Northrop receives JCREW production contract from US Navy

29 October 2015 (Last Updated October 29th, 2015 18:30)

Northrop Grumman has secured a contract from the US Navy for low-rate initial production of the joint counter radio-controlled improvised explosive device (RCIED) electronic warfare (JCREW) Increment 1 Block 1 (I1B1).

Northrop Grumman has secured a contract from the US Navy for low-rate initial production of the joint counter radio-controlled improvised explosive device (RCIED) electronic warfare (JCREW) Increment 1 Block 1 (I1B1).

Awarded by the US Naval Sea Systems Command (NAVSEA), the $95m contract also includes options that, if exercised, would bring the total value of the contract to $213m.

JCREW systems are software-programmable jammers that are designed to deliver protection from device-triggered improvised explosive devices (IEDs).

"Now developed and validated, we couldn't be more elated and gratified JCREW will be deployed next year."

Northrop Grumman Information Systems communications division vice-president and general manager Jeannie Hilger said: "Prevailing where other companies in the industry faltered, our JCREW team proved this crucial capability, so urgently needed in the field to protect our warfighters against current and emerging threats, could be achieved.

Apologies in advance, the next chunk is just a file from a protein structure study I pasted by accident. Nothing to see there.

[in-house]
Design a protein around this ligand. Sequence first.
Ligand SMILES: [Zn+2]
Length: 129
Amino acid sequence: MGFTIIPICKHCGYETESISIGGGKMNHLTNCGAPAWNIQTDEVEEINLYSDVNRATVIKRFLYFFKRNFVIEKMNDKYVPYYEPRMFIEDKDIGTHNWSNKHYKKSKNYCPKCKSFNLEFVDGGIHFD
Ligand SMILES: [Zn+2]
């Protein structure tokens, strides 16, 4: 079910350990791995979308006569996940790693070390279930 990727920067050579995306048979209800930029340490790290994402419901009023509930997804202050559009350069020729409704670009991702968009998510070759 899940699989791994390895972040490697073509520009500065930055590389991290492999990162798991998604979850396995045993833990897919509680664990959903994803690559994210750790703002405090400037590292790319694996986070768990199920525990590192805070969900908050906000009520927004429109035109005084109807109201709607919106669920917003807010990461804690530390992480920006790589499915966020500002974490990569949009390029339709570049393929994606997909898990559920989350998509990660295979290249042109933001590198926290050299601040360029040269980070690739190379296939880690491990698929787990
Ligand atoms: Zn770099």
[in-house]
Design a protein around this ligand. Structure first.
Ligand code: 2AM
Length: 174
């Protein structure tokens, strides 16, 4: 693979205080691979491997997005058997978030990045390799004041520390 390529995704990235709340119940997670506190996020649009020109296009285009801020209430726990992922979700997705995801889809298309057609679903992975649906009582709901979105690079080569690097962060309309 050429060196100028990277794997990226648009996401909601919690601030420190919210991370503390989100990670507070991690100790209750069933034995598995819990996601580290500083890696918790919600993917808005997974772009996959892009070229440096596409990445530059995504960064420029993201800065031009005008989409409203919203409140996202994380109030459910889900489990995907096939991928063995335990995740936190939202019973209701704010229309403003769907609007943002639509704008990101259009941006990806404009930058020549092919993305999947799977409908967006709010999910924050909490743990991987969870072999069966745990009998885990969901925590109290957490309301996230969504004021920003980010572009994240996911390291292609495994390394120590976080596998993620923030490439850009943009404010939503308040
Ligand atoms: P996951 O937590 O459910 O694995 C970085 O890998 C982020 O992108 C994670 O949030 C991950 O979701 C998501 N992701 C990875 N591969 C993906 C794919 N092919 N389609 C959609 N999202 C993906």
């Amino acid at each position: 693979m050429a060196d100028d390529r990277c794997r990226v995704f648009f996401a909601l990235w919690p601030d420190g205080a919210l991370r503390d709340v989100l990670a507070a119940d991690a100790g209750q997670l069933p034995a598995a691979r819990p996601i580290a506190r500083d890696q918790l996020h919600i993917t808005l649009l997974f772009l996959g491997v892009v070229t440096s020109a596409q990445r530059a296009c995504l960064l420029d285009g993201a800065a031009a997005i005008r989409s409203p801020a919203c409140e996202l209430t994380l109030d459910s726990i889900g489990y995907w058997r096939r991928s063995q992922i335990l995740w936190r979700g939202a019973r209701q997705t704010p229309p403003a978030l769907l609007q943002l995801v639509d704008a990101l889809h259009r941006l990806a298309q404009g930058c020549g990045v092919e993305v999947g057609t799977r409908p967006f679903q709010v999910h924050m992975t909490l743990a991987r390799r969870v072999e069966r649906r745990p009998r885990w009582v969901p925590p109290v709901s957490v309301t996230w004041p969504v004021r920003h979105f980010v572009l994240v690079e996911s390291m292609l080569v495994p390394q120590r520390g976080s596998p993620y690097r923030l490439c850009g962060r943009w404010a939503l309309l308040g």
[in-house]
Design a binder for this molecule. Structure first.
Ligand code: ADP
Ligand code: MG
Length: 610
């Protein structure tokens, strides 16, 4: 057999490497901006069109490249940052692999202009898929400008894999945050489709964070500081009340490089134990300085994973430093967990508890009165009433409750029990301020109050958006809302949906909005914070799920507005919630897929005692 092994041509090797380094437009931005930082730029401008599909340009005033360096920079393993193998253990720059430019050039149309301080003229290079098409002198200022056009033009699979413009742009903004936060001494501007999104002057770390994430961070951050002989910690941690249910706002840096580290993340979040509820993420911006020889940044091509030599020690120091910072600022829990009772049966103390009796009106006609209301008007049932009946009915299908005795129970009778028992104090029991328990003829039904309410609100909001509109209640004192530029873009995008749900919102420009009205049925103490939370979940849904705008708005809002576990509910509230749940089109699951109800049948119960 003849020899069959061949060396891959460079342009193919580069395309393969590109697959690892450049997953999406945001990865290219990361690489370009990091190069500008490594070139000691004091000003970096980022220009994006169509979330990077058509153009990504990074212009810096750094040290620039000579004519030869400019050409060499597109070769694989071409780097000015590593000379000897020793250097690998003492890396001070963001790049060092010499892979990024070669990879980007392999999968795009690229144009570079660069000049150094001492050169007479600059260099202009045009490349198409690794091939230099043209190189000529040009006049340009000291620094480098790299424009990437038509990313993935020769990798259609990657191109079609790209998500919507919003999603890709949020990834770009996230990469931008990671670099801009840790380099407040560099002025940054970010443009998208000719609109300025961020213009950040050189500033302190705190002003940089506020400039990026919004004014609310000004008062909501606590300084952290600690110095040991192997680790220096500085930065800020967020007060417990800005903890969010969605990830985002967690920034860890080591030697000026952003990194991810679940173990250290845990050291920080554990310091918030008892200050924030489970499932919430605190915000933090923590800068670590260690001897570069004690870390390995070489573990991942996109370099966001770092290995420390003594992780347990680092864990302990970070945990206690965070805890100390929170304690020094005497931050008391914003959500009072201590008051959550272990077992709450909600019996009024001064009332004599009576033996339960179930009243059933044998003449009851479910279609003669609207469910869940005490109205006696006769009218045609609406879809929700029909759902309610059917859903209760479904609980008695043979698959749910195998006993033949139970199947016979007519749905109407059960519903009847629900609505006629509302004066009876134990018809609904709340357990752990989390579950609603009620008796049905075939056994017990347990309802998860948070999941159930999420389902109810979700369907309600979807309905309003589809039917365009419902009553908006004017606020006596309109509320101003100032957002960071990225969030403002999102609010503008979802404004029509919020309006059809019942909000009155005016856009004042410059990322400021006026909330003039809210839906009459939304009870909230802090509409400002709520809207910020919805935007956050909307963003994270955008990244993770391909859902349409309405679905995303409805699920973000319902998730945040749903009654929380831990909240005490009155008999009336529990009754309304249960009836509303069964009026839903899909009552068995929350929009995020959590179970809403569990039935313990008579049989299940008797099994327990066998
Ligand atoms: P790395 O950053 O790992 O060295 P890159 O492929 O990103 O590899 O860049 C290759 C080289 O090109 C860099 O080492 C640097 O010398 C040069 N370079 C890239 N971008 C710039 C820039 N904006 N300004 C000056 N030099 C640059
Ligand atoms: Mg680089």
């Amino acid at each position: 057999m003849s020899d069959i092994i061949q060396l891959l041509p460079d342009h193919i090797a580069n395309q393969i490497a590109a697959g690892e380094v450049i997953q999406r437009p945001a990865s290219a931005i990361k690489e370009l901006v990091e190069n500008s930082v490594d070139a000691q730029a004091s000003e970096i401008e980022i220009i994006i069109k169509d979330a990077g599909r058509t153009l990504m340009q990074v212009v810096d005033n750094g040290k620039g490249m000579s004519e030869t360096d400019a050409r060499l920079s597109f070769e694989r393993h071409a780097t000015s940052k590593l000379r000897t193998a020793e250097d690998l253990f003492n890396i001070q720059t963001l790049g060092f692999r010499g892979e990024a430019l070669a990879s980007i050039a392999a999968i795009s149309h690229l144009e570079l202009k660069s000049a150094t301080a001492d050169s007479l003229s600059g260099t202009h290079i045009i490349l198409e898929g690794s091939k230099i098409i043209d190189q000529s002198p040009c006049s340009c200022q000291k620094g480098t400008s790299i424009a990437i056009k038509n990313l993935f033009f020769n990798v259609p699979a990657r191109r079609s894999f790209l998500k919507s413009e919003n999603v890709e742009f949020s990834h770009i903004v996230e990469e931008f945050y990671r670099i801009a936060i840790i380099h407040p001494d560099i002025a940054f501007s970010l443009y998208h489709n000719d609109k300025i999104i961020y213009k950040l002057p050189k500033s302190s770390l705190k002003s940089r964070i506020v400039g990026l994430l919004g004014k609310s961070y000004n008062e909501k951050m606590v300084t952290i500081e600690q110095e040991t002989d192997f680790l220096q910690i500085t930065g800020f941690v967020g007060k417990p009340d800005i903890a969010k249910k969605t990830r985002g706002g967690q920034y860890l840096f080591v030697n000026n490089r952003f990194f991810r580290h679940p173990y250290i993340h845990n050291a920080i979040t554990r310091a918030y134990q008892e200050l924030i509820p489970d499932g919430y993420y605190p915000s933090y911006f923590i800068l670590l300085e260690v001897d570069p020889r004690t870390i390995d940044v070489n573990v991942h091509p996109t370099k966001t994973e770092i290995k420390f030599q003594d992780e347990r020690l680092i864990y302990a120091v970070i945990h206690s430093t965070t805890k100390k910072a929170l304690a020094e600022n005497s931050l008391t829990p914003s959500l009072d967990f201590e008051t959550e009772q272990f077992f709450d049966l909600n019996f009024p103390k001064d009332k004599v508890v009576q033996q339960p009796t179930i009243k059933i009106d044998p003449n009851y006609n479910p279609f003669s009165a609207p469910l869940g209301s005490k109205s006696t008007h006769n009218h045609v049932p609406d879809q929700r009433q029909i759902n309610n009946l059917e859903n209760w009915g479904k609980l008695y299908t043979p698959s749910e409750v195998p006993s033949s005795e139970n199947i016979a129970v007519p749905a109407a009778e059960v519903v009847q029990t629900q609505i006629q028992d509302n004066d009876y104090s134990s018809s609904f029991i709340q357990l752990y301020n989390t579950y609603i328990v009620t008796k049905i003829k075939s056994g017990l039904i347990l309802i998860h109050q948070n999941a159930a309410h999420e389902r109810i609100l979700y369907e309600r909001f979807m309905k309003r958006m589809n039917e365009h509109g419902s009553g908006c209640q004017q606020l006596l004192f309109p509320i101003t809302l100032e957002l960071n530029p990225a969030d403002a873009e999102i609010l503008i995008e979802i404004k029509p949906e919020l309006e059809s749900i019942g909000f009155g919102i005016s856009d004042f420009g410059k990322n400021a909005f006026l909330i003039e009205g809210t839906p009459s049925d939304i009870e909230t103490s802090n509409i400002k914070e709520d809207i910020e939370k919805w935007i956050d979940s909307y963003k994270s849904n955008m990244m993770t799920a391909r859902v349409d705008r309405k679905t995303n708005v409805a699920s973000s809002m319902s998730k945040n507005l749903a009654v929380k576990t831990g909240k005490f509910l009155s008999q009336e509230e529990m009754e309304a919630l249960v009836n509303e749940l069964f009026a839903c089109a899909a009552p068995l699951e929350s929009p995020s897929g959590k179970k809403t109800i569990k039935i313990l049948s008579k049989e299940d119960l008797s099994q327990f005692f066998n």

"Now developed and validated, we couldn't be more elated and gratified JCREW will be deployed next year."

Work under the contract is scheduled to be completed by January 2017, and the majority of production work will be carried out in San Diego, US.

The JCREW system has been developed using a modular, open architecture platform, which permits rapid improvements in system performance to counter the frequently evolving IED threat.

According to Northrop Grumman, the company developed mounted, dismounted and fixed-site variants in order to protect vehicles, warfighters, and permanent structures for the US Navy and Air Force.

Within these, the dismounted variant can be carried using a backpack, and the mounted variant can be attached to tactical vehicles, such as the Humvee and the Mine Resistant Ambush Protected vehicle.

The fixed variant will deliver protection at static locations, such as buildings, entry control points or forward operating bases.